Eddie Lim, a 36-year-old entrepreneur, was looking to refinance his home a few years ago but was denied by a traditional bank because he didn’t have an income. He was between jobs — actually, in between building companies.
“I was denied refinancing just when I needed it the most. That’s when I stepped back and asked why debt financing is my only option,” Lim told Yahoo Finance. “At the time, I was working on a new company idea and I wanted to invest in the business without having to dip into my savings. So why can’t I sell equity in my home just like I can sell Apple (AAPL) or Google (GOOGL) shares?”
Realizing there were no other options, he decided to create his own startup — Point — that would allow investors to take equity shares in residential homes.
With skyrocketing property prices, high rents and sticky wage growth, Americans simply aren’t buying homes. In fact, the US homeownership rate is at its lowest level in five decades.
He says apart from allowing more individuals to think of homeownership as a reality, it’s a win-win situation because it provides investors with a brand-new asset class to explore. This helps folks access their home equity wealth without a loan, monthly payments or a fixed interest rate. Homeowners sell a fraction of their residence to investors in exchange for a lump sum of capital without interest rates or monthly payments. They have to pay the sum back within 10 years of selling or refinancing their home.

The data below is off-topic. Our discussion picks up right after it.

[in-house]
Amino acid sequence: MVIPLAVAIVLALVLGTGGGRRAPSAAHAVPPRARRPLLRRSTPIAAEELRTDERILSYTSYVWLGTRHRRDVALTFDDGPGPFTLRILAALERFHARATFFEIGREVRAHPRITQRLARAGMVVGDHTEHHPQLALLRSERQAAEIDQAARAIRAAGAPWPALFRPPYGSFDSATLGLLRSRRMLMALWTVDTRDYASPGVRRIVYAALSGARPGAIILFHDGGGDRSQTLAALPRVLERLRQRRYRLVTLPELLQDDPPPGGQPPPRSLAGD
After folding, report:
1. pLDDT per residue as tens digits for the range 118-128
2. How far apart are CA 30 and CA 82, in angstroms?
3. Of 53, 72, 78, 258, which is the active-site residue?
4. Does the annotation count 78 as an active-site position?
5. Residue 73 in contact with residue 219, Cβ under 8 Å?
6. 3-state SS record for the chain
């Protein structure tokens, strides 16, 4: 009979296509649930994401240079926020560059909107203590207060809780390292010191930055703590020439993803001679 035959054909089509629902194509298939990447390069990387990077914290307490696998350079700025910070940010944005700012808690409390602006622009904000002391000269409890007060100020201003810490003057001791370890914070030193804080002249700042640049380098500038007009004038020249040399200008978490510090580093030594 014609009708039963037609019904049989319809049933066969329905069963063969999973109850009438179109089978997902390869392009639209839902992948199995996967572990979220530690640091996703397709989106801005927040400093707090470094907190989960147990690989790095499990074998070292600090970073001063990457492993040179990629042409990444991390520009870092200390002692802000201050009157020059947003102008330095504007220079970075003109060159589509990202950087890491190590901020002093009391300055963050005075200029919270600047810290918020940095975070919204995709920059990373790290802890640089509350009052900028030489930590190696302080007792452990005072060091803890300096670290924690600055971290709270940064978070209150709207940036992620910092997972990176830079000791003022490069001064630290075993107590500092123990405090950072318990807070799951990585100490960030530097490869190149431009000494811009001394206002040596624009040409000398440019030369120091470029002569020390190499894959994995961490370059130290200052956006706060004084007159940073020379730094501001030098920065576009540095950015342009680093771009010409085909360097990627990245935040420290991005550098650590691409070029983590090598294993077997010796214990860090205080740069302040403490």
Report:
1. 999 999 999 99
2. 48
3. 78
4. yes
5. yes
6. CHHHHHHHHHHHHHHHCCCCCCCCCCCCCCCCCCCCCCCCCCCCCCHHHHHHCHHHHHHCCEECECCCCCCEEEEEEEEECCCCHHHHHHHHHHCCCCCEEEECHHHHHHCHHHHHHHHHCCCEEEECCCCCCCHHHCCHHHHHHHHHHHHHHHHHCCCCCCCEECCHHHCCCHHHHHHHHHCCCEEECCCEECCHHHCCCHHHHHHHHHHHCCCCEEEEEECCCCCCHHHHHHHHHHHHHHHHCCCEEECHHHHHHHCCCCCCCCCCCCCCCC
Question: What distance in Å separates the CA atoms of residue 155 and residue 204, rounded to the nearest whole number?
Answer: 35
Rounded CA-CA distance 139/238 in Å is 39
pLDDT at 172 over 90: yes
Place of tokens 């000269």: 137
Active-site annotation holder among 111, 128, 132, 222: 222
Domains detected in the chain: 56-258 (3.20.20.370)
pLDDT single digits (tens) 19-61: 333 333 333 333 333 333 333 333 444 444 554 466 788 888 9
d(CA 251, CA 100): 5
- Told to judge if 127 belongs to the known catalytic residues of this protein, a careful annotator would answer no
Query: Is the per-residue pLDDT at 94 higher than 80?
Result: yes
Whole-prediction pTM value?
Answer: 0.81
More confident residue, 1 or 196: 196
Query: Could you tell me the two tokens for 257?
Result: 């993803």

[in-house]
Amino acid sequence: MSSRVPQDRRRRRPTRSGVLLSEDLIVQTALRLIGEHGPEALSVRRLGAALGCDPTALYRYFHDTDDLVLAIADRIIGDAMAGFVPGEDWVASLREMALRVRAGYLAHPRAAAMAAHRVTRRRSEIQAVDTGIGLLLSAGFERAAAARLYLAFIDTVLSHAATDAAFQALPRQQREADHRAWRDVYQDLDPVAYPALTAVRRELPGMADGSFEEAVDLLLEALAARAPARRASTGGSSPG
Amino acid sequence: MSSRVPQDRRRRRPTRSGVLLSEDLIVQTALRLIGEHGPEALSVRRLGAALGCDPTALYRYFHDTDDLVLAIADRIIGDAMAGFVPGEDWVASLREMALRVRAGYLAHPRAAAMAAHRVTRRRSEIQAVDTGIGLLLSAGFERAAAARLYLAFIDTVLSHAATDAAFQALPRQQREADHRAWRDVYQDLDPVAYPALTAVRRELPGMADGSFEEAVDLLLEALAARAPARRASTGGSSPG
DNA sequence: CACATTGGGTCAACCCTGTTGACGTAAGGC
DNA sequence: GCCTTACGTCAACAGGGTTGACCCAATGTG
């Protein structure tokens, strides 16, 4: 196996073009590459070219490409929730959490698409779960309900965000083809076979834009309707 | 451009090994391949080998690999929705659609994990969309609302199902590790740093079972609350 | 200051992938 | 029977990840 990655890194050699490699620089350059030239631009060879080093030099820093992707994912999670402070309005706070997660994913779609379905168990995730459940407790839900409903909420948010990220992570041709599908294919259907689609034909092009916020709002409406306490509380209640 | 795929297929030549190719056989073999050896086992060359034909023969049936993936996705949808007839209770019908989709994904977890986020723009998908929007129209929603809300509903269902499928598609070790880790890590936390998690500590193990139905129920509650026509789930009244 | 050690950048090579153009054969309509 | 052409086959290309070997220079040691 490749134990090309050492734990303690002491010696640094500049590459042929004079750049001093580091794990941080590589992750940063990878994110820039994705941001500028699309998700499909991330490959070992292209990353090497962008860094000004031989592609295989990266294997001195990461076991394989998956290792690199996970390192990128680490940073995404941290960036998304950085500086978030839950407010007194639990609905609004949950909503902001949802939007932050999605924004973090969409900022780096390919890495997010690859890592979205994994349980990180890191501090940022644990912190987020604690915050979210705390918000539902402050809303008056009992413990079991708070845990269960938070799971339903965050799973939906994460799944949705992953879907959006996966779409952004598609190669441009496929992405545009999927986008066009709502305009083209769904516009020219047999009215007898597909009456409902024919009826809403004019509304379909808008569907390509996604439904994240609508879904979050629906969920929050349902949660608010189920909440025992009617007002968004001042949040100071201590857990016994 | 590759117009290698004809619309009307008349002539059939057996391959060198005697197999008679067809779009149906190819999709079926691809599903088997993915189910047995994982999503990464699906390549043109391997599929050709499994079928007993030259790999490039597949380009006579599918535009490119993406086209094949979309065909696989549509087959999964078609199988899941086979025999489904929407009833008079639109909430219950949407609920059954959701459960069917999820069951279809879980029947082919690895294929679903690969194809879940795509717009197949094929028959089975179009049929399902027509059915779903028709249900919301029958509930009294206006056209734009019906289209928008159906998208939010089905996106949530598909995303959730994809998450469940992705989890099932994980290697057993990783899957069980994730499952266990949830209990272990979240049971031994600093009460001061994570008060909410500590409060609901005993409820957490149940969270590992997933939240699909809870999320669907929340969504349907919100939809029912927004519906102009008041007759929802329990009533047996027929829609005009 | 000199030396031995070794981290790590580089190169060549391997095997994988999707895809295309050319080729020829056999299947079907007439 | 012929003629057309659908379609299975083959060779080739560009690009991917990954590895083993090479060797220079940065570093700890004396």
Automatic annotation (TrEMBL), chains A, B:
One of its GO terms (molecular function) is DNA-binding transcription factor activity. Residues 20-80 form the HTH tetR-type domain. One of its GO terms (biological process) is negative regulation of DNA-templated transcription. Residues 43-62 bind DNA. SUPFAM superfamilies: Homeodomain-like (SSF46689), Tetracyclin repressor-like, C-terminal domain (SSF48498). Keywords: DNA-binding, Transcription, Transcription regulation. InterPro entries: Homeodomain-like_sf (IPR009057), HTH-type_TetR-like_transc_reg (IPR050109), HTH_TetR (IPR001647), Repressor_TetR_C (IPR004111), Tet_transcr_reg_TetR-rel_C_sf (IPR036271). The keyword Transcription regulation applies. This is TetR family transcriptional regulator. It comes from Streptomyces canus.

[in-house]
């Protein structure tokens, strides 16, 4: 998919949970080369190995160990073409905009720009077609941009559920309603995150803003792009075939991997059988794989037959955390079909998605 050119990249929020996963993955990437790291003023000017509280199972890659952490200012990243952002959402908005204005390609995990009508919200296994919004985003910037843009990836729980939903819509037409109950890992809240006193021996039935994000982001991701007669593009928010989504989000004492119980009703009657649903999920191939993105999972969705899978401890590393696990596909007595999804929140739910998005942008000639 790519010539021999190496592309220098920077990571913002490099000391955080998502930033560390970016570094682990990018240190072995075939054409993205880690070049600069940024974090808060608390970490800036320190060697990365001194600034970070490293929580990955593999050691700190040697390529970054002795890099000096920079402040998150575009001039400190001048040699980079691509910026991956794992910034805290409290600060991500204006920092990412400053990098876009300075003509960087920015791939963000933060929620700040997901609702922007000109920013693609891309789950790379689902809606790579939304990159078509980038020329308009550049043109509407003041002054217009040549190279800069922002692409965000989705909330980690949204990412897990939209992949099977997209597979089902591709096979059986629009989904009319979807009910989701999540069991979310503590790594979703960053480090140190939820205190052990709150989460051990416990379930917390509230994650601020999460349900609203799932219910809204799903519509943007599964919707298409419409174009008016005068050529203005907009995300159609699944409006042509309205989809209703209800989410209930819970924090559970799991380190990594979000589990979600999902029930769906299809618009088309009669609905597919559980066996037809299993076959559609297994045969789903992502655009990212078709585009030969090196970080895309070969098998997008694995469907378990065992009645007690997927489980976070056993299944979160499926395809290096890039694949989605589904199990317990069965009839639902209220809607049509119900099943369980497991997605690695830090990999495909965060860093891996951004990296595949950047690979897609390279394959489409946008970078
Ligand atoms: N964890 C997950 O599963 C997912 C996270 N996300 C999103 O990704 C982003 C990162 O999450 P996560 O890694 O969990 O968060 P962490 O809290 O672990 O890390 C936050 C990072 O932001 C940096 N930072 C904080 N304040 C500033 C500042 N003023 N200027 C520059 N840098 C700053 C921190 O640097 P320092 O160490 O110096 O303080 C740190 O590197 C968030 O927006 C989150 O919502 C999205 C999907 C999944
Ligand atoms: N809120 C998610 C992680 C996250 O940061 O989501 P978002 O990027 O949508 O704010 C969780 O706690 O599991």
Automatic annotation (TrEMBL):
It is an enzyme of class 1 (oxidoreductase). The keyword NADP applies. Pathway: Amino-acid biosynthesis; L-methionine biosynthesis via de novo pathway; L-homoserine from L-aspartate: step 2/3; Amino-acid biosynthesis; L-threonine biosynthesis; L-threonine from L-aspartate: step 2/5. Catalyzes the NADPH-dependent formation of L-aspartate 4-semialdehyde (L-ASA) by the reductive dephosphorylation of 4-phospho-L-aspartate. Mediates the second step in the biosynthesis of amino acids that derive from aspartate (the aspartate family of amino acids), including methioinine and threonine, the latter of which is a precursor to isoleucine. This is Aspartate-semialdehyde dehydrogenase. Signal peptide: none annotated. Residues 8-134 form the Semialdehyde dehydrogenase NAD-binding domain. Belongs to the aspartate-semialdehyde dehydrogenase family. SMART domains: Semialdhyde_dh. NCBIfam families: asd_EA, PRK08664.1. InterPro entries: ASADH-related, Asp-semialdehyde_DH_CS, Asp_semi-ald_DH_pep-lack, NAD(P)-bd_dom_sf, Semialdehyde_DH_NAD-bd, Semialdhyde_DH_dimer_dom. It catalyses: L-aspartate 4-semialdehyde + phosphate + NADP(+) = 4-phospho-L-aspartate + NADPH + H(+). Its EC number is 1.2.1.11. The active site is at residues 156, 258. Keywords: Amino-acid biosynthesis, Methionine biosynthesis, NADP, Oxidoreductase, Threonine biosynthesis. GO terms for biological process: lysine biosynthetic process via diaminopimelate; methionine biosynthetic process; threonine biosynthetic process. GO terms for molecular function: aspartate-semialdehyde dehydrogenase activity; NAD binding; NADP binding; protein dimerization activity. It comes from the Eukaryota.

“There’s 18 trillion dollars in the equity side alone of US residential real estate that would make it bigger than the NYSE or the US GDP so it’s just a massive, massive market that’s untapped. If you think about unlocking that equity, putting it back into the economy, putting those dollars back to work, it’s really a great way to think about fiscal policy and how to stimulate the economy,” says Lim.
Point provides a unique opportunity for investors to make a profit while helping somebody afford a home. But Andreessen Horowitz general partner Alex Rampell, who led the $8.4 million Series A round in Point (the company has raised a total of $15.4 million so far), stressed that this isn’t an altruistic endeavor.
“Investors aren’t doing this because they want more people to own homes. They’re doing it to get a profit,” Rampell told Yahoo Finance.
Lim says that Point’s platform creates a new kind of symbiosis between borrowers and lenders that previously didn’t exist in the refinancing marketplace.
“What’s really radical here is that this is the first consumer finance platform that aligns those interests between the homeowner and the investor. So when the homeowner does well and their home goes up in value, they’re wealthier,” he said.
Point’s progress report
Since launching last year, Point has taken equity in 50 homes in California, Lim’s Palo Alto residence being the first of them. The company is just expanding into Washington state. Lim says it’s starting with the biggest markets on the West Coast and working its way in.